5. Sugar and white flour are not your friend.  Oh, I know they are tempting, trust me.  Pre-challenge I had the sweetest of sweet tooths and love bread and pasta.  What I’ve learned though, is that when I eat white sugar and white flour I feel hallow.  I have cravings that don’t stop, but when I replace white sugar with honey, agave, etc. and replace white flour with whole grain flours or other grain flours I feel satisfied without cravings.  I feel in control.
  6. Soda, fast food and junk food are poison.  I know it sounds extreme.  Everyone knows that these things “aren’t healthy”, but we still eat them.  I focused a lot of my energy in the past 8 weeks on food and it’s downright appalling that most of the stuff on grocery store shelves is legal much less labeled as “food”.  Food is nourishment for your body.  The junk that fills the middle of our stores is not food, it does not nourish our bodies and in most cases we can go so far as to say they are toxic.  There is study after study that shows that this is the stuff that causes Diabetes, Cancer, Heart Disease, contributes to ADD, ADHD, the list goes on.  What’s sad is that so many of us trust that if we find it on our store shelves it is okay to eat.  Wrong.  Basically it’s there because it won’t kill you, today, but keep eating it day in and day out and you’re just running an experiment, waiting to see which disease you will get. We all have to do our due diligence to read labels.  If it has more than 5 ingredients, has “hydrogenated” anything, high-fructose corn syrup or ingredients you can’t pronounce, put it back!  If you happen to frequent fast food restaurants, do yourself  favor, go online and look up the nutritional information for the things you usually order, if they’re bad, find some alternates and circle them.  Keep them in your car so you aren’t tempted to order the bad stuff when you go there.  And please, skip the soda, especially diet.  Your body and bones will thank you.
  7. I love coffee in the morning. The Challenge eliminated coffee.  They lumped it in with soda, because of the caffeine, which I personally had issue with because there are so many bad things about soda and no redeeming qualities, but I’ve found more benefits than drawbacks to drinking coffee.  In any case I ditched coffee for about 6 of the 8 weeks, that is until I discovered a link to coffee having a calming effect with my personality type, the reverse effect that it has on most people.  Like anything though, too much of a good thing is… too much.  Going forward I’ll keep it to two cups a day.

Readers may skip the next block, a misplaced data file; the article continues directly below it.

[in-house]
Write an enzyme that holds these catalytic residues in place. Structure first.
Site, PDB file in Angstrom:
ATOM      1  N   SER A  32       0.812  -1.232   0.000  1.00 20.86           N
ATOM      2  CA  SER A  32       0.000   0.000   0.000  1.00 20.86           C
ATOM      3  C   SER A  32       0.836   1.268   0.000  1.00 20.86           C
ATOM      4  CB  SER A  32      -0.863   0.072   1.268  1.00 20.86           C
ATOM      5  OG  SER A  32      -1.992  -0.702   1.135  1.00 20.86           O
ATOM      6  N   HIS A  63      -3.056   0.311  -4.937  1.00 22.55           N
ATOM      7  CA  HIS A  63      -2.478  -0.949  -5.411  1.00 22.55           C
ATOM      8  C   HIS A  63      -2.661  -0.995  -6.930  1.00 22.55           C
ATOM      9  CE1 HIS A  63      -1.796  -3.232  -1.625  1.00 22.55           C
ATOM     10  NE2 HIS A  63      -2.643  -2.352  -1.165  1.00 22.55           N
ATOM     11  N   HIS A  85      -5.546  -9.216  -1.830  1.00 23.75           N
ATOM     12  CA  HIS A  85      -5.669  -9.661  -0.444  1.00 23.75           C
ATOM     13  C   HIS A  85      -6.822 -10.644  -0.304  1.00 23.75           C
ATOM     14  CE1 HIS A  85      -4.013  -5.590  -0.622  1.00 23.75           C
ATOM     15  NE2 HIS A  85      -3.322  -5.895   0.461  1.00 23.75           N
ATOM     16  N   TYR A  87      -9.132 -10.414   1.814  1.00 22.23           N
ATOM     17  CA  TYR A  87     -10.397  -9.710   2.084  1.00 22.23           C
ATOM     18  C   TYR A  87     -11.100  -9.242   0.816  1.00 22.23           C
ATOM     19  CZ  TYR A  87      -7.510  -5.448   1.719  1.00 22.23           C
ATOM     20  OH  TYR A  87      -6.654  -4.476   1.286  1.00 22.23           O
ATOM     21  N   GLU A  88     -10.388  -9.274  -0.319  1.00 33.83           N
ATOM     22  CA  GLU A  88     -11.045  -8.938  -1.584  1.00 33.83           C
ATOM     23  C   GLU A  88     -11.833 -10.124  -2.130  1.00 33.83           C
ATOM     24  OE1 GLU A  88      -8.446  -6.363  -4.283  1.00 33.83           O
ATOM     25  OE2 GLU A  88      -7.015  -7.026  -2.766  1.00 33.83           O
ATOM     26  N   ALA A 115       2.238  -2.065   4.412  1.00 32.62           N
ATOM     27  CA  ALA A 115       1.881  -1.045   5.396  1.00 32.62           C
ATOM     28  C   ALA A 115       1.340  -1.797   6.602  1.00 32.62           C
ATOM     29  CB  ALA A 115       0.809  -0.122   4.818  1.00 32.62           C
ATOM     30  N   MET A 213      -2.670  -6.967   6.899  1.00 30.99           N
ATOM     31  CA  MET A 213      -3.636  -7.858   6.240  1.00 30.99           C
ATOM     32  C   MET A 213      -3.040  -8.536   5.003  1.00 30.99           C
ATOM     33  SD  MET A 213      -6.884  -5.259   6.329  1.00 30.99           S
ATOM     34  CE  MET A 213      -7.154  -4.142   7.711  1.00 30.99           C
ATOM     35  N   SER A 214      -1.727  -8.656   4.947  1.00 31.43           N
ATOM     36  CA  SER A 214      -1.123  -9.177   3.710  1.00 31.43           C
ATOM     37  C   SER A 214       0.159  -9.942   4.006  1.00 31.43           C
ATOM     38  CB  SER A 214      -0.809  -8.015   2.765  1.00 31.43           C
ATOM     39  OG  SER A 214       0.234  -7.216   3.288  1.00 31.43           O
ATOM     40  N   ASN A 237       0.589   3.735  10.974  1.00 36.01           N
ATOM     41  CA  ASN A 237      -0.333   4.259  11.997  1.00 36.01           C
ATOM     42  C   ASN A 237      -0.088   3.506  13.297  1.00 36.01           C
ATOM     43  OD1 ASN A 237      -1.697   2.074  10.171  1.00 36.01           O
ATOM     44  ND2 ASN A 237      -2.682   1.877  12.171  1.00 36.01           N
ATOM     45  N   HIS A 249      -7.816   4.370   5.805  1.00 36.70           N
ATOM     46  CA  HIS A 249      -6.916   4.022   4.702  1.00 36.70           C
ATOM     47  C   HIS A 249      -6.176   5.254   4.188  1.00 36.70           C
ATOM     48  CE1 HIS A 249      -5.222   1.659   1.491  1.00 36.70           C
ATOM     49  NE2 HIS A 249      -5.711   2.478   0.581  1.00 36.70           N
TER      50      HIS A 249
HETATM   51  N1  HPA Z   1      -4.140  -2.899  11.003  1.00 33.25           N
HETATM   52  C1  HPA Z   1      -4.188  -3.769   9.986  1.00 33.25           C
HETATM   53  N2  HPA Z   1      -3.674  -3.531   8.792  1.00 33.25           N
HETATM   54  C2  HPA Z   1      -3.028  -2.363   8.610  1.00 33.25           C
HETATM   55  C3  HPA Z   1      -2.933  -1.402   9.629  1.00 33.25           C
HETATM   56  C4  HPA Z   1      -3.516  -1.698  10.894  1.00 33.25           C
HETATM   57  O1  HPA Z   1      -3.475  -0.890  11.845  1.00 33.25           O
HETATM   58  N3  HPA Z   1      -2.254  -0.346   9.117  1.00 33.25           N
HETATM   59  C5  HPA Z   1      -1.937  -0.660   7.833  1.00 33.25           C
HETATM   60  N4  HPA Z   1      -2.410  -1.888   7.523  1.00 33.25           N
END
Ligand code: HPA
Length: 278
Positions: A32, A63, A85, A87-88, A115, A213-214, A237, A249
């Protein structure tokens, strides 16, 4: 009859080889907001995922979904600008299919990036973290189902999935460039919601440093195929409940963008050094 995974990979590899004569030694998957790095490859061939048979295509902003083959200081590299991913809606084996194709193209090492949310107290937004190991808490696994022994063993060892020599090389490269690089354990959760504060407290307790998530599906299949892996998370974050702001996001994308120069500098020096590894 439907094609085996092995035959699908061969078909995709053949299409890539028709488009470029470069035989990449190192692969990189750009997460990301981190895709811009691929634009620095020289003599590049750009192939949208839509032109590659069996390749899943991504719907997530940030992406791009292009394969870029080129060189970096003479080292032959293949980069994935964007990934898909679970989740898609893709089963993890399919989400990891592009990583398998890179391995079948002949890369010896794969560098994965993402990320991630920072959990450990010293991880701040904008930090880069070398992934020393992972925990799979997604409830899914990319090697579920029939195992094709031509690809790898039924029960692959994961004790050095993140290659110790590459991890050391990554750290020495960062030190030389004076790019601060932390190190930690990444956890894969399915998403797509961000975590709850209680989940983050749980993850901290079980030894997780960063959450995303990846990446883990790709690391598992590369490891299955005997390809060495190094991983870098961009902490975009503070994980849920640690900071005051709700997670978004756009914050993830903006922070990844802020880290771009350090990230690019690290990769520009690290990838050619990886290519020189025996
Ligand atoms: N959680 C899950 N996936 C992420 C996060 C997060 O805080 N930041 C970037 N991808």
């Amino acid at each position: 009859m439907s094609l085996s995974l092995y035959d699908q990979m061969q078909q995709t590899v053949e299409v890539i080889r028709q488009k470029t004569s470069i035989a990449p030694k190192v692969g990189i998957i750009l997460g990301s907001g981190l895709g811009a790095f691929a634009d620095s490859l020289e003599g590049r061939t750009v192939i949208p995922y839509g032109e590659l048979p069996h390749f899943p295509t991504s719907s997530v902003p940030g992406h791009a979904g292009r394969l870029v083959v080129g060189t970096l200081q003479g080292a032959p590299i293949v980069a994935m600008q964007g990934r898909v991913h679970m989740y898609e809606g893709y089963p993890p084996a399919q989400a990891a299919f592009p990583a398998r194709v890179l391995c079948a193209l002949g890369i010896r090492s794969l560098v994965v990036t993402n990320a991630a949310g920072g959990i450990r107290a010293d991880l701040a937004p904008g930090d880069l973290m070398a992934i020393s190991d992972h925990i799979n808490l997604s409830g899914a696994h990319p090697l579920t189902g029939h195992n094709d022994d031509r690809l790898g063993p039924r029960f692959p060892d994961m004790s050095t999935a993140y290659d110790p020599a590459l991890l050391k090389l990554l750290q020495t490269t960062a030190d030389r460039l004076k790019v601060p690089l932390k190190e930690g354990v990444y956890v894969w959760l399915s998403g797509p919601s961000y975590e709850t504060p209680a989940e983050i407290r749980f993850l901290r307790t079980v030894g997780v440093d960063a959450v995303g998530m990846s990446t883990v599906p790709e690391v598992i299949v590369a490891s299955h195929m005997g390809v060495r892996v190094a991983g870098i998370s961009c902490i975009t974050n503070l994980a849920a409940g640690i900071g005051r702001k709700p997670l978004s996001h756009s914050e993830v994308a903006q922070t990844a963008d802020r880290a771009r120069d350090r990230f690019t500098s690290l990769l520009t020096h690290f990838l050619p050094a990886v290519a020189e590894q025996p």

8. Fruits and veggies are miracle workers.  I mentioned in my previous post, The End of The Challenge: Why You Should Eat Less Meat and More Plants, why plants are good for us.  Go there, read the post, watch the movies listed in the post.  Not to sound dramatic, but it just might save your life.
  9. Vegetarian doesn’t necessarily mean healthy.  As I navigated my way through food over the course of the past eight weeks, I started looking into a variety of diets.  Not diets in the sense of dieting, but diets in the sense of the way of eating.  When I realized I should be eating more plants, I naturally made my next stop at Vegetarian websites, cookbooks and magazines.  I found some great new recipes, have since subscribed to Vegetarian Times magazine but soon realized that “vegetarian” doesn’t necessarily mean “healthy” like I thought it did.  The vegetarian diet still allows for junk food, processed foods and foods high in fat.  So while vegetarian can be better, I still need to make sure it’s healthy.
  10. Eating out is a challenge.  A couple of weeks ago I went out with a few girlfriends for dinner.  I had decided before we got there that I was going to look for the vegetarian items on the menu to make choosing my meal a little easier.  Sadly, other than a salad, my options were veggie flat-bread (which was really good) or cream cheese stuffed, deep-fried mushrooms.  Tasty?  Yes.  Healthy?  Not by a long-stretch.  Menus are gradually changing, restaurants are gradually adding more organic food and healthier options, but we still have a really long way to go.  Unfortunately, if we all keep ordering the other stuff, the owners and chefs think that’s what we want.  If we want change, we need to request healthier options both in restaurants and in grocery stores.
  11. 8pm has become the witching hour.  I realize until I did the challenge, how frequently I used to snack after 8pm.  Thankfully this challenge taught me to plan better.  I try to eat dinner a little earlier, leaving enough time to get a snack in by 8pm which tides me until bedtime.  If I find myself getting hungry after 8pm I drink a glass of water or simply head to bed (depending on the time).  I realized that often times I would eat when I was up too late.